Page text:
5-of-13 — Kyrie Irving’s shooting tally on uncontested field goals. On the season, Kyrie shot 48.1 percent on attempts where a defender was not within six feet. Expect this to normalize.

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2:33 — The number of minutes left in the first quarter when LeBron James attempted his first field goal. Five game minutes later and The King had 10. Fast forward to the end of the game and he finished with 32 on 12-of-20 shooting, adding six rebounds, 13 assists and three steals. Switches flipped and such.

10 — The number of points Kevin Love had in the first quarter, seemingly taking over for what LeBron would have done. While he only finished with 17 points and four rebounds, Love was instrumental in the Cavs having a five-point lead after a quarter where all James had to do was facilitate and rebound. Had he hit a couple more key free throws throughout the rest of the game, Love would’ve had 20.

51.9 — Speaking of free throws… The Cavs were 14-of-27. They had a higher conversion rate from the floor (53.8) than they did at the line. The Pacers, meanwhile, shot 85 percent from the line. If the Cavs shrink this disparity, the entire narrative of this game changes. (It’s worth noting that Irving only got to the line once in this one and is easily the team’s best volume-based free throw shooter.)

0 — Minutes for Iman Shumpert. Ty Lue mentioned this being a part of game flow, but as the Cavs rotation tightens up throughout the playoffs, it’s tough to see him taking minutes from Richard Jefferson, Kyle Korver or Deron Williams. For what it’s worth, Dahntay hones, James Jones and Derrick Williams were also DNP-CD.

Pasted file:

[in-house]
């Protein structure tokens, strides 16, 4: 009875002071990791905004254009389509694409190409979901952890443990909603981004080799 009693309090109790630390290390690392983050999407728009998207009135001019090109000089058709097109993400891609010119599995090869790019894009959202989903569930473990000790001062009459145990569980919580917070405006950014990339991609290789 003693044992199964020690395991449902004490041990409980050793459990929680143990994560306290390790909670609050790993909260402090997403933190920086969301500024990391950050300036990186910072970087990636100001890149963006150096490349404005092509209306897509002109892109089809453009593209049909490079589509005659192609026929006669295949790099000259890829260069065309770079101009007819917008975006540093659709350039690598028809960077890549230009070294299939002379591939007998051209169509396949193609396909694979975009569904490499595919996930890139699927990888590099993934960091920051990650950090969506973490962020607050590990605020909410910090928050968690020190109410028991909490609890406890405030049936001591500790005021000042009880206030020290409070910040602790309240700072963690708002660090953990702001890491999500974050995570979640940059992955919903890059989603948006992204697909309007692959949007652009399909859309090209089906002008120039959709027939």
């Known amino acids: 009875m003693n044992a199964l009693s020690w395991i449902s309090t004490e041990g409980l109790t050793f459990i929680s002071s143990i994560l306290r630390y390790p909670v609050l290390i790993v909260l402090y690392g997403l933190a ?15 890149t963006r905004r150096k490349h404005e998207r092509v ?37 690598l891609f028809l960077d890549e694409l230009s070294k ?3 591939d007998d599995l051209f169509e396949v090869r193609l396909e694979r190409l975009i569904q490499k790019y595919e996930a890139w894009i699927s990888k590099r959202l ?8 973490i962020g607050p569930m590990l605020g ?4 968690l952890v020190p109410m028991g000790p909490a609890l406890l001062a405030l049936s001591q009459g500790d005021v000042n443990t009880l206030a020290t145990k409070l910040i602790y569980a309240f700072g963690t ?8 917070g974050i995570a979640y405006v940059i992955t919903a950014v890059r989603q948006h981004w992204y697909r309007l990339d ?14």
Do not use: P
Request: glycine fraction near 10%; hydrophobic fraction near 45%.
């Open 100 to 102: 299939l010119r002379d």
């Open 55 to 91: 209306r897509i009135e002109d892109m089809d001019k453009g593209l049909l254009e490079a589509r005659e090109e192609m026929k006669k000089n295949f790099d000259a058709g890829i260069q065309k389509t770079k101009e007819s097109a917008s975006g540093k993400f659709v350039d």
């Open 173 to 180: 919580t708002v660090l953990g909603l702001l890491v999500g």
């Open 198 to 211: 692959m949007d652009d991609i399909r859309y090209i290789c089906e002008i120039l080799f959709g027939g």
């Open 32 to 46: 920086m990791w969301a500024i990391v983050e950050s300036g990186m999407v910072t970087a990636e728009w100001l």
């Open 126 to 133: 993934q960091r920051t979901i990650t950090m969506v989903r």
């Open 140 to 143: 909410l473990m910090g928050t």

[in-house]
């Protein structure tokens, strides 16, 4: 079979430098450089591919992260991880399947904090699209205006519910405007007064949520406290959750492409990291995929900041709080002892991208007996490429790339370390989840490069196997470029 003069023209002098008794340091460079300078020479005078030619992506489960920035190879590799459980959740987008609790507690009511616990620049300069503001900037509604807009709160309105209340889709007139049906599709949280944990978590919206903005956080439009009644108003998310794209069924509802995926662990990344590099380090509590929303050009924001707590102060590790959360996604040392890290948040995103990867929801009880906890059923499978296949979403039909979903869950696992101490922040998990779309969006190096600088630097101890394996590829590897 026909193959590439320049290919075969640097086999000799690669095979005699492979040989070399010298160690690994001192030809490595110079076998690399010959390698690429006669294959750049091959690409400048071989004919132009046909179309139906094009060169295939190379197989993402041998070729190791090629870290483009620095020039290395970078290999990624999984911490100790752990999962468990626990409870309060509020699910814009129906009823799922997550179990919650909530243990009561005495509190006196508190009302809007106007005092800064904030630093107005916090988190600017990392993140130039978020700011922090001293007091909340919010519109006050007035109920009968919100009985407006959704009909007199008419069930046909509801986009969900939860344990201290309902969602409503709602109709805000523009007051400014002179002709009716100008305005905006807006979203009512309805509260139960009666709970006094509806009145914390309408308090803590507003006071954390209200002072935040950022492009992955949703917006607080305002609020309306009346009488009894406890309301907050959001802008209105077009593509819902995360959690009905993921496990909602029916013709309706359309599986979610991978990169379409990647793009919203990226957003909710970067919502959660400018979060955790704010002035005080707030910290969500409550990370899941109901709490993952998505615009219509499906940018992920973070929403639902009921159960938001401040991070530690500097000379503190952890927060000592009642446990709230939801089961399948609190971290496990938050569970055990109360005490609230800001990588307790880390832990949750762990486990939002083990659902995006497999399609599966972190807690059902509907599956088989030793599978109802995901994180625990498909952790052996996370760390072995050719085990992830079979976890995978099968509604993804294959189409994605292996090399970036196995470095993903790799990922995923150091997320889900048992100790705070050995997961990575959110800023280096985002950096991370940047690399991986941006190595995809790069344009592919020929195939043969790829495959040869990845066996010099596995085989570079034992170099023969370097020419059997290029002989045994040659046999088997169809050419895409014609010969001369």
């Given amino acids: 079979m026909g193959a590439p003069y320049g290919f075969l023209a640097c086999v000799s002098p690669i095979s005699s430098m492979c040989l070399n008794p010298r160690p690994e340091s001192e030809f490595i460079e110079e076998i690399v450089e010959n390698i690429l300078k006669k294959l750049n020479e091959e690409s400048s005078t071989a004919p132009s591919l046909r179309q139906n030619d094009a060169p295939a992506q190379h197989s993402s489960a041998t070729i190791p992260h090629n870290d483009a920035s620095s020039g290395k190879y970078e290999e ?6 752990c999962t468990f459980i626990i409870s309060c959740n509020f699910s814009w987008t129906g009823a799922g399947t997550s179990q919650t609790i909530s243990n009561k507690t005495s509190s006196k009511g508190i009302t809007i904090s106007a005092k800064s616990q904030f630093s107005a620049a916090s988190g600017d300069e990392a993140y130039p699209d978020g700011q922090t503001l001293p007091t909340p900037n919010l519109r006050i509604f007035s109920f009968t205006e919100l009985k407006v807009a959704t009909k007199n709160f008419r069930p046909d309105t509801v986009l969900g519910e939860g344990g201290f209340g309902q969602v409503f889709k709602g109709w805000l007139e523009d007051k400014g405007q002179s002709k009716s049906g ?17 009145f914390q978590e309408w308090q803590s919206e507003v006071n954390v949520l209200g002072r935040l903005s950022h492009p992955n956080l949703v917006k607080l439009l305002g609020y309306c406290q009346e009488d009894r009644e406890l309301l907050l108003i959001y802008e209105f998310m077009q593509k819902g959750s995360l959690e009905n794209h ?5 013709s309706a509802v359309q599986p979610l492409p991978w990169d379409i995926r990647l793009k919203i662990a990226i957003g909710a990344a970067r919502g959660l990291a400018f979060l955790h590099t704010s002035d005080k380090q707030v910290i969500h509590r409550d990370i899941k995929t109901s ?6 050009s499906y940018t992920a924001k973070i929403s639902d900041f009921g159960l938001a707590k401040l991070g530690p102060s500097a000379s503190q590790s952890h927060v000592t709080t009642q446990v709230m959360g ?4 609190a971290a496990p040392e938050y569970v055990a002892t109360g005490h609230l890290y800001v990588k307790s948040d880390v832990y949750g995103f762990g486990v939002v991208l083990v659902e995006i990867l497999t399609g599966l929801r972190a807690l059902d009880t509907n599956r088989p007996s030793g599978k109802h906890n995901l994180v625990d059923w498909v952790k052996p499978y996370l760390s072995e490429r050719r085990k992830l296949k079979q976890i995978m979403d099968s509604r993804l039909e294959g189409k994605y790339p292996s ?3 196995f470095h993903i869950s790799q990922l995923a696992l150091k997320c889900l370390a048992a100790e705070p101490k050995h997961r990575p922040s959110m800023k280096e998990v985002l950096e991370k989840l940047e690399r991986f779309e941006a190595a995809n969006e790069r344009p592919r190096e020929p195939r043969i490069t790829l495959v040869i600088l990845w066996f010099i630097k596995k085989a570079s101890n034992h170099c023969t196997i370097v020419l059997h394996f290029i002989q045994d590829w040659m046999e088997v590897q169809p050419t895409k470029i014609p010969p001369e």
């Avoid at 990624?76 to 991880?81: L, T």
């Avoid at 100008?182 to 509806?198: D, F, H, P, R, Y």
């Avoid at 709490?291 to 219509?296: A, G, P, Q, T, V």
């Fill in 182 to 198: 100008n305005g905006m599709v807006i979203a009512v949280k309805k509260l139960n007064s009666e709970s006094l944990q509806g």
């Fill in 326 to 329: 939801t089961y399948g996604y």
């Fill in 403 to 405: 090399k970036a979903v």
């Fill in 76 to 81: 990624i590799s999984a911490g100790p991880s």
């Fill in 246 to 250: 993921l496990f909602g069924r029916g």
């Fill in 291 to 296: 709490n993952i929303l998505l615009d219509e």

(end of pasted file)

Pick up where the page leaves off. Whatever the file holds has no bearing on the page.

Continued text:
2.6 — The number of miles run by LeBron James throughout the course of the game1 This was the highest mark among all players and should immediately be your reply when someone questions why he didn’t guard Paul George for the majority of the contest. Also: He’s 32.

2 — The number of days the Cavs have to rest before Game 2. On at least two days rest through the regular season, the Cavs were 13-5.

  1. according to NBA.com. []

  • Harv

    The other number I might give is 4(?), the number of uncontested layups the Cavs missed in crunch time. That really skewed the game’s end and I’d expect that to normalize. Kyrie blew a completely uncontested – so weird that he was laughing.

    Actually, this went better than I anticipated. Paul George was as neutralized as you can expect; he’s playing like this is his Finals and the Cavs better realize that. He ain’t pacing himself and is going to single-handedly win at least one from this series. Tristan looks like that thumb splint totally destroys what little FT feel he has – time to switch hands again? And poor Shump: a classic tale of how a distractible young man’s first significant payday can nosedive a career. Spent the whole year letting opponent’s blow by his lazy feet and instead just reached to strip them, a far cry from the ’15 defensive maniac. This is a rare case of a young Cav who has some trade value and might be more valuable to another team which thinks a trade may snap him out of it. Won’t be at all surprised if he’s dealt before next season’s trade deadline.

  • RGB

    Good thing they flipped the switch.